Even if students will not have an opportunity to revise an assignment for an improved grade, consider providing them with some formative comments. They will likely carry these lessons into their next writing projects, whether these are pursued within or outside of the academy.
Strategies for Formative Commenting
Limiting and Prioritizing Your Feedback
Facing a stack of drafts can be daunting, but a strategic commenting approach can help you respond consistently, fairly, and efficiently. Research (by Nancy Sommers, for example) shows that students are able to process and respond to a limited number of comments.
As respondents, we might be inclined to provide students with as much feedback as possible, but this approach is counterproductive—students feel overwhelmed or demotivated and don’t know how to prioritize or approach the revision process. Therefore, it is helpful to focus on three or four key writing or learning goals for the assignment and to address your comments to those goals.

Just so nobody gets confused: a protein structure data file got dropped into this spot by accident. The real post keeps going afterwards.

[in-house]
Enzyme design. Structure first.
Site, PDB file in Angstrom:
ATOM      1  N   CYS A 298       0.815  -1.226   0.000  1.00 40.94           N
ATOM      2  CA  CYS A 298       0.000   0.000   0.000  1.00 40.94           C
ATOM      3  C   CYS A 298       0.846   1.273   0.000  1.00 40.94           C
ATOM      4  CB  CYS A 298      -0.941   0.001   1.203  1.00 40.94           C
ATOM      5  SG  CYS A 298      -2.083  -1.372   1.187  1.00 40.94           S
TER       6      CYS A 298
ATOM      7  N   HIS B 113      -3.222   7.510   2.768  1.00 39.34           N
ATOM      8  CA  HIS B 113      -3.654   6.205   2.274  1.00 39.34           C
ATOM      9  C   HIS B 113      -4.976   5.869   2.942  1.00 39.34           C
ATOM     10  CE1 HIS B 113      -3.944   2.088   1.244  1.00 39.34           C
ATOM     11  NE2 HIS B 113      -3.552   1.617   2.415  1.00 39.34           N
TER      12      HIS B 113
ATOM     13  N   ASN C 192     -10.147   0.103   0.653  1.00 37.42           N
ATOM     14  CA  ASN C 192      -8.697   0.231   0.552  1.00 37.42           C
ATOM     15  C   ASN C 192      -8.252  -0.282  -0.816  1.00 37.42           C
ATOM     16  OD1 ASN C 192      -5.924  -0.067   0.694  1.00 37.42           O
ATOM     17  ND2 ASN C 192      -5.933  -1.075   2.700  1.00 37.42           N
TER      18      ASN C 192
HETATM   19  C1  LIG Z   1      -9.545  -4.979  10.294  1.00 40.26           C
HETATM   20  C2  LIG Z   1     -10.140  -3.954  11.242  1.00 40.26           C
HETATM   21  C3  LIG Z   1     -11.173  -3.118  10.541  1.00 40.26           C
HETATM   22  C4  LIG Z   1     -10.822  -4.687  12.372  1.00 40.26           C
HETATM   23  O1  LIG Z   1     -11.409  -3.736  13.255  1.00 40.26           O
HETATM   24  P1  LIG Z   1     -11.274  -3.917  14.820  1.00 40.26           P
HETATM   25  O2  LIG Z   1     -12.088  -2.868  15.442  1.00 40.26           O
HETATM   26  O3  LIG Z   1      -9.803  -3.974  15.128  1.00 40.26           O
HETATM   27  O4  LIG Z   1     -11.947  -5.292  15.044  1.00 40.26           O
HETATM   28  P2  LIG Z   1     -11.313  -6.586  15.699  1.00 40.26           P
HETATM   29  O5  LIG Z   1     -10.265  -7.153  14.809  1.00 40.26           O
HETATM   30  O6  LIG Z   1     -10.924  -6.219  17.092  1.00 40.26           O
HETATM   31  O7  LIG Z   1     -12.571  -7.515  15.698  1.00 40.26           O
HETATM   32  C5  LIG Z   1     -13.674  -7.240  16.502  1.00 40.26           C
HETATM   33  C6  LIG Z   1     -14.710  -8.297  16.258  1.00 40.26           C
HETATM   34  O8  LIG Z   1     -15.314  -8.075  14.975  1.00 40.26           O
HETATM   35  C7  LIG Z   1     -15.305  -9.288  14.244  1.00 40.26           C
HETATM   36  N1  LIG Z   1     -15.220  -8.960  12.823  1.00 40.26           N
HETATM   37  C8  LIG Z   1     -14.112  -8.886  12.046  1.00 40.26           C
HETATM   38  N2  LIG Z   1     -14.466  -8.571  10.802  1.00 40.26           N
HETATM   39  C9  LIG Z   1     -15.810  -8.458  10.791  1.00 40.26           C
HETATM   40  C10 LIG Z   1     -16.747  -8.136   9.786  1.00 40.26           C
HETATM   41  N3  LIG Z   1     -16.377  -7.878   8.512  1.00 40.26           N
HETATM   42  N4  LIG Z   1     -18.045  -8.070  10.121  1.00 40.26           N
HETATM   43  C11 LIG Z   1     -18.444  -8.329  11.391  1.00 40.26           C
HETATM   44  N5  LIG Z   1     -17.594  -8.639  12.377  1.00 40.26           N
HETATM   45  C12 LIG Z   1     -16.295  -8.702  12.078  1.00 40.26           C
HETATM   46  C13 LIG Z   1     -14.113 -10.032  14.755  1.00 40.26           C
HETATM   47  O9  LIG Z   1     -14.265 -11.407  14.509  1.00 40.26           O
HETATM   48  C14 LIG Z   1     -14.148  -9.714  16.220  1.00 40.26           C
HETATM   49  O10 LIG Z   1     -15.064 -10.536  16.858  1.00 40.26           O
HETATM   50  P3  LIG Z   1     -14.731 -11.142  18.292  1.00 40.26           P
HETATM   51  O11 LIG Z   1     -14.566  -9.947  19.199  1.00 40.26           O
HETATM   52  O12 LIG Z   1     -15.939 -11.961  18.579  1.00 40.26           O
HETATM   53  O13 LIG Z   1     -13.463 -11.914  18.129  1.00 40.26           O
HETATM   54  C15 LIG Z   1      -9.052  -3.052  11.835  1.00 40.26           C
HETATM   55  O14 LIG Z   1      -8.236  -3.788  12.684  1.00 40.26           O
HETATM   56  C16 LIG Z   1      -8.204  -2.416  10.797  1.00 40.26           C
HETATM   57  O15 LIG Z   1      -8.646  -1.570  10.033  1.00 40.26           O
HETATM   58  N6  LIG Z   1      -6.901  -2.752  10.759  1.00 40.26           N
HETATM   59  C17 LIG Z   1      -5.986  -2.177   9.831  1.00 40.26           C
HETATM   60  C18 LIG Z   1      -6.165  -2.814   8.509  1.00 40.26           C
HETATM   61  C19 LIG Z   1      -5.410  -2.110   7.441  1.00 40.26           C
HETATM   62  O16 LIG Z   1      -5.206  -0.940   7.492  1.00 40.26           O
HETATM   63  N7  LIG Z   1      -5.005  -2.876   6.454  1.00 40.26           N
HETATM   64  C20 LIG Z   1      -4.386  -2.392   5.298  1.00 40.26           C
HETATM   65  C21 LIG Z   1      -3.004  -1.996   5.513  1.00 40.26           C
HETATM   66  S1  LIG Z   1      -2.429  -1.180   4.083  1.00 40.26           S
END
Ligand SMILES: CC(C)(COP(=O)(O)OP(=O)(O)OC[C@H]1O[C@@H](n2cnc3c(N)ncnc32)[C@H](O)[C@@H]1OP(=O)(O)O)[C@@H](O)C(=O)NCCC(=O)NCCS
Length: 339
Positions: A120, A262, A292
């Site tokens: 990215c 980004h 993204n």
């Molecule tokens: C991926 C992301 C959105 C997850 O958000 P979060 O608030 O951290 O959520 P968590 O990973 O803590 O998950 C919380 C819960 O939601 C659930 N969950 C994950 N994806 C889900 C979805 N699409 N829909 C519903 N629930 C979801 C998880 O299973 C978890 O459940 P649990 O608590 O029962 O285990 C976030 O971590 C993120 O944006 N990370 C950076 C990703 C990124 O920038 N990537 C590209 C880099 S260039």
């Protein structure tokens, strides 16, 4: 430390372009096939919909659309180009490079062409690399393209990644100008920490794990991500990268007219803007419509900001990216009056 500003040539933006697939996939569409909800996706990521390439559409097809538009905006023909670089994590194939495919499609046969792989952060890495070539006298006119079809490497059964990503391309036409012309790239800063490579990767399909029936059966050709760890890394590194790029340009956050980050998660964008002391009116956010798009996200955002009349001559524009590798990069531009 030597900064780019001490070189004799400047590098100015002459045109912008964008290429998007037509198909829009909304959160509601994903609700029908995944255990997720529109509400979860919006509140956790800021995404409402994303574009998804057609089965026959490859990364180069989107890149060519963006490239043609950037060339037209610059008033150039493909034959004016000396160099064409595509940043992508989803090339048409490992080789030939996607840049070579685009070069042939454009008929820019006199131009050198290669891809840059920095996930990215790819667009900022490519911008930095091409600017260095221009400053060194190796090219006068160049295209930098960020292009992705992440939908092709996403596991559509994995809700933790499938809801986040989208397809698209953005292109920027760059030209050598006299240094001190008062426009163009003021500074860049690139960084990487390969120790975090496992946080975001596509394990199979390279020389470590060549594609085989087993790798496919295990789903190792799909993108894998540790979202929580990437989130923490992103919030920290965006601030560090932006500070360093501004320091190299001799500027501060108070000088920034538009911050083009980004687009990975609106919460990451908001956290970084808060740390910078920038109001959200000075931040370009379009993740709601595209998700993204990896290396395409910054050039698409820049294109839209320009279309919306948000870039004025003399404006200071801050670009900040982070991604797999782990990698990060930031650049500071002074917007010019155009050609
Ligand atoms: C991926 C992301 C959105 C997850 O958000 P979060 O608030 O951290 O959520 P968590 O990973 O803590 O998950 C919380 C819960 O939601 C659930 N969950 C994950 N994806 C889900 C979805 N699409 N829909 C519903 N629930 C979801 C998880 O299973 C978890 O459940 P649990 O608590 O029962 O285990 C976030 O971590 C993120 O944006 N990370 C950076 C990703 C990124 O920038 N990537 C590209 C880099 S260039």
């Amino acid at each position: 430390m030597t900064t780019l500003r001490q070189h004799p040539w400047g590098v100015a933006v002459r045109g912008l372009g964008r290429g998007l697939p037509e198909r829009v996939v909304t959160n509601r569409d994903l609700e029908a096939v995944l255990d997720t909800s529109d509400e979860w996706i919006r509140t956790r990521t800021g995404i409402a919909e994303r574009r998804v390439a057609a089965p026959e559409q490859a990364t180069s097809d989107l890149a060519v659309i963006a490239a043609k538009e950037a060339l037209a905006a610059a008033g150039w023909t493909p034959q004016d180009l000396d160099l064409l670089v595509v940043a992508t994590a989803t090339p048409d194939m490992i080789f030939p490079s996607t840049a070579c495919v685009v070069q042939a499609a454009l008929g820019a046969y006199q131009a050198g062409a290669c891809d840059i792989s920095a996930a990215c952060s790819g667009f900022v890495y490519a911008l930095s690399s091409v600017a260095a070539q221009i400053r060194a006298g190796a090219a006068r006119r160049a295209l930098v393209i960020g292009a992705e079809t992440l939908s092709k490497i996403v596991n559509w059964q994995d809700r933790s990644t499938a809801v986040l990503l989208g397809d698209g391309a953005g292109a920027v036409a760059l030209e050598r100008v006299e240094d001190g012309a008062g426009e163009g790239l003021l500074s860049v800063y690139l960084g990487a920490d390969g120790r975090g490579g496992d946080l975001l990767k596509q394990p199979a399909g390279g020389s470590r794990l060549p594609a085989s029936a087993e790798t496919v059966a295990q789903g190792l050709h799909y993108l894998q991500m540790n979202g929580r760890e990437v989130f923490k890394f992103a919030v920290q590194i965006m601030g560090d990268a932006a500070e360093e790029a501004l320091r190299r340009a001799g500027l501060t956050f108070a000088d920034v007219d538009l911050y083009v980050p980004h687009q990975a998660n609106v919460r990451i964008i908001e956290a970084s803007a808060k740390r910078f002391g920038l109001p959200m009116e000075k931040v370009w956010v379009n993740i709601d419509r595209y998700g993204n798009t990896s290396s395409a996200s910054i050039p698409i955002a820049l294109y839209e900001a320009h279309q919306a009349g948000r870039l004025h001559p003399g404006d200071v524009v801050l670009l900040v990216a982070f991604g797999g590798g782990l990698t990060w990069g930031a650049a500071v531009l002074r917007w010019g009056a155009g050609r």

Before you begin commenting, review the grading rubric that has already been shared and discussed with the students. As you consider what to highlight in your comments, keep your grading criteria in mind and prioritize higher-order writing issues. John Bean’s hierarchy of questions from Engaging Ideas provides a useful framework:
- Does the draft follow the assignment?
- Does the draft address a problem or question and does it have a thesis?
- What is the overall quality of the writer’s ideas and argument?
- Is the draft effectively organized?
- Then, finally, does the writer need to work on grammar, punctuation, or spelling?
Different Types of Comments